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Spreading the Belth-Miller Time in
2003-03-26 23:33
by Mike Carminati

Spreading the Belth-Miller Time in the Bronx

Alex Belth over at Bronx Banter conducted a quite an interesting interview with the estimable Marvin Miller a few days ago. Miller should have gone in the Hall in the last Vets' Committee vote, but appears his ever-affable self when discussing the sport.

The man has a great mind for the business of baseball. He succinctly summed up Curt Flood's involvement in the advent of free agency:

Q: Flood's legacy is often misconstrued. A lot the time I hear him referred to the first free agent, or the guy who started free agency, which isn't the case at all.

MM: You are right; it wasn't the case at all. The case lost, beyond appeals. Nothing concrete came of it other than the educational aspect that we talked about before. The union itself, which through the unity of it's members, through the understanding of the members of what needed to be done, through the skills of people like Richard Moss, who was the general council, who argued the case, to the union's successful effort to have both a grievance procedure and eventually impartial arbitration, all these factors and more, were responsible for the progress that was made.

Without taking anything away from the bravery that Flood evinced, Miller explains the real turning point in the war was the negotiation of the impartial arbitrator:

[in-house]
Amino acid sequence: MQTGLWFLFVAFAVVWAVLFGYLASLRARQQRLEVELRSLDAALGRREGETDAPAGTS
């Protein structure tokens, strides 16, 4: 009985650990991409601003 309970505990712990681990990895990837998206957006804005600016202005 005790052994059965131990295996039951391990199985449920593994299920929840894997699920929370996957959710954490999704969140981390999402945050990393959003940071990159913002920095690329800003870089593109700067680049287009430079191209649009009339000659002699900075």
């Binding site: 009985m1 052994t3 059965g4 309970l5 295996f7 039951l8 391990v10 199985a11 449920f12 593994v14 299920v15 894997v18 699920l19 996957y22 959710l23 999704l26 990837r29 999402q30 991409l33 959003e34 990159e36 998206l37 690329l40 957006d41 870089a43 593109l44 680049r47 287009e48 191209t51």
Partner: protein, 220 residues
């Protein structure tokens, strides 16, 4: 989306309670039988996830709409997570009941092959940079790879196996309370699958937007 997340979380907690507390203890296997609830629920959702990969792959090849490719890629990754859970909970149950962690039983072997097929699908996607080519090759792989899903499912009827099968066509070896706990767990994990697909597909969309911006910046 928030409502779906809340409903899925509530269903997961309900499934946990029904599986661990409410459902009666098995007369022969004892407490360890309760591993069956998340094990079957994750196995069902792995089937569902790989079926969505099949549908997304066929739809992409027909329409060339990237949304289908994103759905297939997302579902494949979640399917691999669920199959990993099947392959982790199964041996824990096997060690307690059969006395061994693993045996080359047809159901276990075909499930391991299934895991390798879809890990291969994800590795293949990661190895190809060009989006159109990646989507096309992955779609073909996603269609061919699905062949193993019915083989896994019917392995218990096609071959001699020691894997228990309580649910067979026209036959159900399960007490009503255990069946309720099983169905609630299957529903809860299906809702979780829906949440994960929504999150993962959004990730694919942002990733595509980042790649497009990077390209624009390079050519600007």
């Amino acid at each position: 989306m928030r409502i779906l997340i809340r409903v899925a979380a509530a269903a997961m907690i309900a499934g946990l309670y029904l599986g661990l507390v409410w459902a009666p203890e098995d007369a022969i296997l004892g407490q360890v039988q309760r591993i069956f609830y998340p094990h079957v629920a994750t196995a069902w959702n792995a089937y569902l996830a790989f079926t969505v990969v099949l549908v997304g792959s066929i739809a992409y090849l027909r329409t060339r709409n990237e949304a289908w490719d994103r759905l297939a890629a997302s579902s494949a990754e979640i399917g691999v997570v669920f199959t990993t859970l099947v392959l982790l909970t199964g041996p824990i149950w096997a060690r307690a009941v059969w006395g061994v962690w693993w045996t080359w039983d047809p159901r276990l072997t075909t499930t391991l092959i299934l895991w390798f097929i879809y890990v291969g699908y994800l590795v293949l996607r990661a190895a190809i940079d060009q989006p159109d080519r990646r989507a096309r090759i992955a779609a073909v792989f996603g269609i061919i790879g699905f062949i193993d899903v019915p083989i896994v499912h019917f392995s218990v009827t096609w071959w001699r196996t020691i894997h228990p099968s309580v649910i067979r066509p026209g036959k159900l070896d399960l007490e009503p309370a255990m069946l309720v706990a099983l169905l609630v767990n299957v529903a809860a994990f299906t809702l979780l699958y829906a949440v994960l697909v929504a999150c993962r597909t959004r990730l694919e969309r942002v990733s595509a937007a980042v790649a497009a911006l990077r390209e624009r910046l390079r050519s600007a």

Q: So the provision in the 1970 basic agreement that arranged for an impartial arbitrator was far more important to how free agency came about than Flood's case.

MM: Oh, without any question. Because as you know, what eventually over-turned the Reserve Clause was a grievance heard by an impartial arbitrator in 1975, and without that having been gained in the contract, it would have been heard by the owner's commissioner, who could tell you up till today, how he would have ruled.

Miller's baseball autobiography A Whole Different Ballgame is a must read for any baseball fan, whether pro-player or pro-owner. I don't think that it's an overstatement to say that Miller is the most influential person off the field since Branch Rickey. The interview is a great leaping-off point in delving into Miller's well-oiled mind.

Also, I wanted to express my thanks to Alex for some very flattering, and I'm sure undeserved, comments that he posted regarding my series on the history of relief pitching.

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